A Classical Tragedy in the Making: Rolf Edberg’s Use of Antiquity and the Emergence of Environmentalism in Scandinavia

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Today, the Swedish diplomat, journalist and politician Rolf Edberg (1912–1997) is heralded as a harbinger for environmentalism in Scandinavia. His pioneering book, On the Shred of a Cloud from 1966, is widely acknowledged as a classic in the field of environmental literature. Less noted is the fact that his account of the unfolding ecological crisis was steeped in the classical tradition. In this essay, we seek to demonstrate that Edberg’s reading of antiquity was quintessential for how he grasped the environmental problems facing modern man, and that the classical framework was of vital importance for how he structured his eco-political message.1

Edberg’s rhetoric was part of a conservationist tradition stretching back to George Perkins Marsh’s seminal work Man and Nature, first published in 1864. Marsh’s account began with the cautionary tale of the ecological crisis that preceded the fall of the Roman empire.2 While scholars have acknowledged this link between the classical world and environmental politics, the link itself, however, has seldom been studied. Nevertheless, during the tumultuous years of the late 1960s and early 1970s, often dubbed ‘the ecological turn’, profound changes in the perception of man’s relationship with his natural surroundings also had repercussions for classical scholarship.3 Prominent scholars such as Clarence J. Glacken and J. Donald Hughes revisited their classical evidence from an ecocritical perspective, arguing that we had much to learn about the modern predicament from the study of ancient history.4 To Hughes, it seemed clear that ‘the modern ecological crisis grew out of roots which lie deep in the ancient world, particularly Greece and Rome’, and he emphasized that the classical past contained many examples of ancient cultures who ‘depleted their environment, exhausted their resources, and exist today only as ruins within eroded and desiccated landscapes’.5 The demise of the classical civilizations was thereby understood as directly linked to environmental degradation. Classical history could in turn serve as a warning example. While this aspect of classical historiography is well known and still common today, less attention has been given to the public and political use of antiquity for shaping and substantiating modern environmental critique and warnings.6

In this essay, we explore this uncharted branch of environmental rhetoric through the pioneering work of Rolf Edberg. Beginning in the fall of 1966, he started to publically expose the environmental problems facing modern man through the lens of antiquity. We argue that the classical tradition provided a template for him to verbalize his anxiety and frustration over the dangerous situation at hand as well as form a convincing argument. To be sure, the malleability of the classical world in serving present needs has been noted by several scholars in the field of classical reception studies.7 Furthermore, the use of antiquity as contemporary warning is a recurrent feature in Western society from at least Edward Gibbon onwards.8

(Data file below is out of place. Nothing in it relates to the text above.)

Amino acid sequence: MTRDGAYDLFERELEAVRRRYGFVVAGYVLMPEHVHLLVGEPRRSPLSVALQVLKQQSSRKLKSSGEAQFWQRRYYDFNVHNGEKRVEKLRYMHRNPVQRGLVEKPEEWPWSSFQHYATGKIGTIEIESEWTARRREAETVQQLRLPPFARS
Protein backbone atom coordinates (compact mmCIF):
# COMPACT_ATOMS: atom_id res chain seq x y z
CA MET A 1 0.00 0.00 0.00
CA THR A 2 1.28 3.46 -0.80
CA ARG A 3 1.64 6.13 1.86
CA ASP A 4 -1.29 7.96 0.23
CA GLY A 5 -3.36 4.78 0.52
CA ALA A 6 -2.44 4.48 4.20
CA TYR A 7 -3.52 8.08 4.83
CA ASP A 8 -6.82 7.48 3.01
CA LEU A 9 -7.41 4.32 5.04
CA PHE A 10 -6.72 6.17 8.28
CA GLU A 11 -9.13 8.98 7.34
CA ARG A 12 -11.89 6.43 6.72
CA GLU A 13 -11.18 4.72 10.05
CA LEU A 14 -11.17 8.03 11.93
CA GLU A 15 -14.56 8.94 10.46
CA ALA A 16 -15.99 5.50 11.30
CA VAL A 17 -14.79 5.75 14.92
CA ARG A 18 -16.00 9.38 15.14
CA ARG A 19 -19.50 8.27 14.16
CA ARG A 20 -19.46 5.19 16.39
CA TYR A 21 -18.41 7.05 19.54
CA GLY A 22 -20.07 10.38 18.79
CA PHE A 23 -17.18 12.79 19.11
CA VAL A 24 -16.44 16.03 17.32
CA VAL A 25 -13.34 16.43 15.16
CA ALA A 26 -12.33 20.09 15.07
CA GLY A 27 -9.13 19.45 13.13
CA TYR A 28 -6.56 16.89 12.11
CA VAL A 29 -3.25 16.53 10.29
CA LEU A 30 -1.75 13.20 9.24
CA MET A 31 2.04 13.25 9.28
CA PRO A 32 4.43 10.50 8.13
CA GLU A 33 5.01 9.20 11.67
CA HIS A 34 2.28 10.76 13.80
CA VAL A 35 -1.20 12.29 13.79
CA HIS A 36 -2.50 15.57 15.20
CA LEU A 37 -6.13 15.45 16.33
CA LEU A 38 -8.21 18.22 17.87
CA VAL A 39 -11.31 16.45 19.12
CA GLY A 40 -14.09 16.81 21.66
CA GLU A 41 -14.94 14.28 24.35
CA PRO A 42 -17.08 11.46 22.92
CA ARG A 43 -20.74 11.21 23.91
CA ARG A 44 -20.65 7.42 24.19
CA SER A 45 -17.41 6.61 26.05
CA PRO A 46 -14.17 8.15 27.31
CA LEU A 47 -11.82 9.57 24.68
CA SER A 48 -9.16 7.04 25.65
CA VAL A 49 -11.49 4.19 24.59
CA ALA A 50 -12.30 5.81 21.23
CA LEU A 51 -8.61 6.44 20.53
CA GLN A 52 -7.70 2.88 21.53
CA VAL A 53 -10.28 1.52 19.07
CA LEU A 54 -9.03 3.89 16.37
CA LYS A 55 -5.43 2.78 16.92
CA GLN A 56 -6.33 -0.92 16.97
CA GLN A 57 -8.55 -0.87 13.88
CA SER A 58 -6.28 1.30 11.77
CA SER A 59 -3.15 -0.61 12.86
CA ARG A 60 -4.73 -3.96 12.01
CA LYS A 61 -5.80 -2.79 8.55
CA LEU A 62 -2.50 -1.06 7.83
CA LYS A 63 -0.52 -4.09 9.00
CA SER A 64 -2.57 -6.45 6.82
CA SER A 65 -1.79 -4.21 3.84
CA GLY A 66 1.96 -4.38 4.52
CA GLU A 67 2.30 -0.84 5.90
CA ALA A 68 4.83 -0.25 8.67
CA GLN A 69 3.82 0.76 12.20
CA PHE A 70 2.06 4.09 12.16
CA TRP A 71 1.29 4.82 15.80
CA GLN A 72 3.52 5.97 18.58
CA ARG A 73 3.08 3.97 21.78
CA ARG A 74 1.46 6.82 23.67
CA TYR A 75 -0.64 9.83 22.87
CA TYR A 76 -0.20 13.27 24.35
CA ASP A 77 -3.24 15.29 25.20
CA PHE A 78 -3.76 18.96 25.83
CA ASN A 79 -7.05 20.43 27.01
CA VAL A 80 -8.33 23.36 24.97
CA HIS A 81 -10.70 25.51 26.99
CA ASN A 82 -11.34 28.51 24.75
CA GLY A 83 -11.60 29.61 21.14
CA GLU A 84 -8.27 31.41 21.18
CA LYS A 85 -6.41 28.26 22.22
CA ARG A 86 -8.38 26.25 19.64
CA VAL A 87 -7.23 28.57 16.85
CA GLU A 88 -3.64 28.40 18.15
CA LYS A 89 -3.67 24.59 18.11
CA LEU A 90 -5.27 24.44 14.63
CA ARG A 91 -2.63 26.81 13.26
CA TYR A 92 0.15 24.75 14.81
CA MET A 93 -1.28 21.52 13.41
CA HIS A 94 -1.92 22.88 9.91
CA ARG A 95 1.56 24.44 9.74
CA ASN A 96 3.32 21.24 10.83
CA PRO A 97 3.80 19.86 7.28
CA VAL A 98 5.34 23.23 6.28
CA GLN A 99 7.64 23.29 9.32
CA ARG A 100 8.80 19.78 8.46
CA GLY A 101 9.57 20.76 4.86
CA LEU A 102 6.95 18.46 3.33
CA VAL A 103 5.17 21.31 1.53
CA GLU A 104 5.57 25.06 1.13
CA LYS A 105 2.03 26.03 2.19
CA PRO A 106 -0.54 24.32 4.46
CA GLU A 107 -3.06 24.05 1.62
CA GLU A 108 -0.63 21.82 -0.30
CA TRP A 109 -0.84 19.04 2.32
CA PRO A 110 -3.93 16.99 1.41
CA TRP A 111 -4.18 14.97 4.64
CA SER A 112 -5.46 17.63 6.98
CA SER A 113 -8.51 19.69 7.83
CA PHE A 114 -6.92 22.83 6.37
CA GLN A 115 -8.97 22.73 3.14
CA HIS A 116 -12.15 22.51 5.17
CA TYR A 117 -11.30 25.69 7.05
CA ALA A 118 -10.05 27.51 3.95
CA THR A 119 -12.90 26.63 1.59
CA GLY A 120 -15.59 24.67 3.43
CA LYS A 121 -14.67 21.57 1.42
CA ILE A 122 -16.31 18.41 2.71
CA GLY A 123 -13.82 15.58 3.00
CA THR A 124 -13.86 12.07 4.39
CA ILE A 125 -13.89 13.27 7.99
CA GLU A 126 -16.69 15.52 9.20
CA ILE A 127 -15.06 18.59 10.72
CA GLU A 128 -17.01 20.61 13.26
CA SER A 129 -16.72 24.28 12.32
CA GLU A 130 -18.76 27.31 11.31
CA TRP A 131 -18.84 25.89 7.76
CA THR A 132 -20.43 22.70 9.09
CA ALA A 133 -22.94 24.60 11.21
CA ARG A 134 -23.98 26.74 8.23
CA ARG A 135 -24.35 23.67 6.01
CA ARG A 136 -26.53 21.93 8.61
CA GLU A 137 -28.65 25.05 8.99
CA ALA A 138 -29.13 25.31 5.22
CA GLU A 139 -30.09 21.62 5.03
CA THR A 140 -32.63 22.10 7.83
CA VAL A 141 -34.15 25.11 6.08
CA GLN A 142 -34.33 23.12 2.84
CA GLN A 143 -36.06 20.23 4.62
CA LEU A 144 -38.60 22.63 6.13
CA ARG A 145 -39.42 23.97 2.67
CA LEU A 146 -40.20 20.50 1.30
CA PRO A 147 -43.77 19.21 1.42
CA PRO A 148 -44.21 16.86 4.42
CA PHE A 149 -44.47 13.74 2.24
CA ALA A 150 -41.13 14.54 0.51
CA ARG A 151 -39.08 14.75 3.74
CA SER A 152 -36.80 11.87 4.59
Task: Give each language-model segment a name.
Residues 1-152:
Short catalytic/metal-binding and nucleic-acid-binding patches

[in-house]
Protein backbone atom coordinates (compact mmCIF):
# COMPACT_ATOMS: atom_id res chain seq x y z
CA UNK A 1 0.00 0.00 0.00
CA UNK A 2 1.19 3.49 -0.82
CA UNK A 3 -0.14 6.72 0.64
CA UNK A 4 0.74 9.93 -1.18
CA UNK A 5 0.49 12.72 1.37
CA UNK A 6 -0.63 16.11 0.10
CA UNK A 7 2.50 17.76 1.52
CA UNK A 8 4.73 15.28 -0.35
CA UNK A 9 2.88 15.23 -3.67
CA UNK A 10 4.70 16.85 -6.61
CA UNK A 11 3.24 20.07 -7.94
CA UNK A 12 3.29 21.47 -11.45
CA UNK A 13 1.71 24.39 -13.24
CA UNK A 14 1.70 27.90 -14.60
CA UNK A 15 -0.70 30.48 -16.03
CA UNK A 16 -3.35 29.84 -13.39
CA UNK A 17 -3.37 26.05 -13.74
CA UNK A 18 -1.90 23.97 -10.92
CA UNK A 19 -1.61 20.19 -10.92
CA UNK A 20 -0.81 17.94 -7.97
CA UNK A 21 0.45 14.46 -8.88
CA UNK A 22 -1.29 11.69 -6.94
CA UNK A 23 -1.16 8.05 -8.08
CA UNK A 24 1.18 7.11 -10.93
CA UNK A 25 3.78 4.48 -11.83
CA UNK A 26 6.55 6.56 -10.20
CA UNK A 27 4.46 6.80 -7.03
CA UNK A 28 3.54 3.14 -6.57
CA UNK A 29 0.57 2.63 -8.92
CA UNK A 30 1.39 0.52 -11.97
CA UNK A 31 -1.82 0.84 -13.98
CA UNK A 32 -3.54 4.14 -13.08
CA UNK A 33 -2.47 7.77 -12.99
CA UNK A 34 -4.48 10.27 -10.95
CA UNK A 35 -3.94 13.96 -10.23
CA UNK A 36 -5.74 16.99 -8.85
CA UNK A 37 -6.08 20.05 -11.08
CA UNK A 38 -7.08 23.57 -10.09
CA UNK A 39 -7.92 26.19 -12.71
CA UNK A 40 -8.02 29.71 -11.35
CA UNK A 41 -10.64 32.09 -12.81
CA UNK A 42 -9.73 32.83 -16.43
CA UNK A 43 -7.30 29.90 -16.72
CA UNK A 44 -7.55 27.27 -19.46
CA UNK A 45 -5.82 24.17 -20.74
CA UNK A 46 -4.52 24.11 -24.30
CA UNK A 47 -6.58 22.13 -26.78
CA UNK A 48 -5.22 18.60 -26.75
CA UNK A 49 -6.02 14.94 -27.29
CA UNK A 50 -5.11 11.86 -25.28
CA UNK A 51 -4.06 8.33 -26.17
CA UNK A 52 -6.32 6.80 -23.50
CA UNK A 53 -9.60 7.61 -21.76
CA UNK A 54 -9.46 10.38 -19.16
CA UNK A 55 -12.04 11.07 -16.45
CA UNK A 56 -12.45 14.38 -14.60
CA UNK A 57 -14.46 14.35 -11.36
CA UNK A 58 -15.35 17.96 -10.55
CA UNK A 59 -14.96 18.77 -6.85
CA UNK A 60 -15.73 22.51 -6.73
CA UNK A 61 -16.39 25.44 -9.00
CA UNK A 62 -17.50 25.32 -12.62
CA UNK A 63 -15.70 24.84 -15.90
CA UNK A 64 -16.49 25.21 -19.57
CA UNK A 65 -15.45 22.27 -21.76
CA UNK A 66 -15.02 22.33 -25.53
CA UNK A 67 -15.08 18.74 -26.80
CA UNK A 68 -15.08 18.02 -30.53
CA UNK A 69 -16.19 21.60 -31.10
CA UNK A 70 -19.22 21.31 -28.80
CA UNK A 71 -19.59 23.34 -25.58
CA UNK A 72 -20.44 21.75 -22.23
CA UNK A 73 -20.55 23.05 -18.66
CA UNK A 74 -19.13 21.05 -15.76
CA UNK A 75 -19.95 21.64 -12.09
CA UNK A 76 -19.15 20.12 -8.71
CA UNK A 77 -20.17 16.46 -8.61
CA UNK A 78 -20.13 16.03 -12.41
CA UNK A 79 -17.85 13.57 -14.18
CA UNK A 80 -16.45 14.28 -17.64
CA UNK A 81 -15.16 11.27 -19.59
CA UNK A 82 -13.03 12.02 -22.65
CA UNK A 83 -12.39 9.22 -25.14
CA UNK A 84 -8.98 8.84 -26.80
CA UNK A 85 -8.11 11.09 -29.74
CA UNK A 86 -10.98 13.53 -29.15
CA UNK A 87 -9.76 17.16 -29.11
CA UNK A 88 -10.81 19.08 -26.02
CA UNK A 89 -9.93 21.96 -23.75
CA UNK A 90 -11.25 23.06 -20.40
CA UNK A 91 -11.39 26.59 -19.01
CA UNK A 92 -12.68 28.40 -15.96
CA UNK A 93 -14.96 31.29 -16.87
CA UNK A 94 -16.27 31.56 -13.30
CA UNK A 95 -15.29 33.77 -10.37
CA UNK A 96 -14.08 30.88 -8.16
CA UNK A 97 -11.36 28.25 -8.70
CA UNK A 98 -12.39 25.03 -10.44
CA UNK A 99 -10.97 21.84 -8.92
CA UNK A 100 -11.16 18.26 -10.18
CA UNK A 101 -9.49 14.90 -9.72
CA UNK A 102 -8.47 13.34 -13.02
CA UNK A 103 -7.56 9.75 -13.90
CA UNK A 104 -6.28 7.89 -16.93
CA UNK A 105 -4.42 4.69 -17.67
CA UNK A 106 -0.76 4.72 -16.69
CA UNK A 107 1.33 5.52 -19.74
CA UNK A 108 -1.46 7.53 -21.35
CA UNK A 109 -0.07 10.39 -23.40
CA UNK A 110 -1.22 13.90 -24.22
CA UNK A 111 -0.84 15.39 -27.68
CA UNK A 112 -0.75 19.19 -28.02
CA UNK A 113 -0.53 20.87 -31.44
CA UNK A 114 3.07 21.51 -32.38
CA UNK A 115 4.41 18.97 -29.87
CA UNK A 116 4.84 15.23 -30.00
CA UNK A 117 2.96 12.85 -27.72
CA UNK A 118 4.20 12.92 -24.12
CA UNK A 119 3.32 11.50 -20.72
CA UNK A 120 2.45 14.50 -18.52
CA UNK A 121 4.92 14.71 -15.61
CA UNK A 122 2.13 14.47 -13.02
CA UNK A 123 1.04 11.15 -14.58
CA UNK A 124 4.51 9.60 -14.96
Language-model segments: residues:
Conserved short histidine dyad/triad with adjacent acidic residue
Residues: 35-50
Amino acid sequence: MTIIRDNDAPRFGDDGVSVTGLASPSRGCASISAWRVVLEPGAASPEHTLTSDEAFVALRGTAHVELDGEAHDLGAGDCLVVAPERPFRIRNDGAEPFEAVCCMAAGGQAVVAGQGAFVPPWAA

Paul J. Burton, who recently has drawn attention to modern political analogies comparing America to Rome, has shown that non-specialist discussions and comparisons over time, although constantly running the risk of ‘oversimplification and distortion’, need to be studied in order to analyse how the use of antiquity influences the culture at large.9 With this in mind, the classical content found in On the Shred of a Cloud can be read as Edberg’s use of antiquity. We argue that such a reading of this book can shed new light on the role played by the classical tradition in the formation of modern environmentalist critique. Furthermore, it is our belief that the discussions in this essay can not only bring attention to the particularities of an eco-political use of antiquity, but also fuel the scholarly discussion of how the classical world and its history and literature can be made – or manipulated – to shape and substantiate contemporary arguments. Our analysis is centred on the environmentalist rhetoric in On the Shred of a Cloud and, in addition, to what extent this aspect of Edberg’s message found traction in the contemporary response to the book. First, however, we will summarize and situate the book’s content and its author in the historical context of Scandinavia on the verge of the ecological turn.

On the Shred of a Cloud

Rolf Edberg’s groundbreaking book drew attention to three apocalyptic threats caused by, and looming over, mankind: nuclear annihilation, overpopulation and environmental degradation. Edberg’s account interweaved learned reflections on the dire predicaments of modern man with a literary travelogue set in the Norwegian mountains and the archipelago of the west coast of Sweden. The book is centred on the description of a journey undertaken by the author and his 17-year-old son, who also functions as a symbol for the young generation whose survival was now at stake. The book was published simultaneously in Swedish, Danish and Norwegian, and was translated into English in 1969.10 Upon release, the book received considerable media attention and for that reason environmental historians have argued that Edberg’s account marked somewhat of a breakthrough for ecological ideas in Scandinavia.11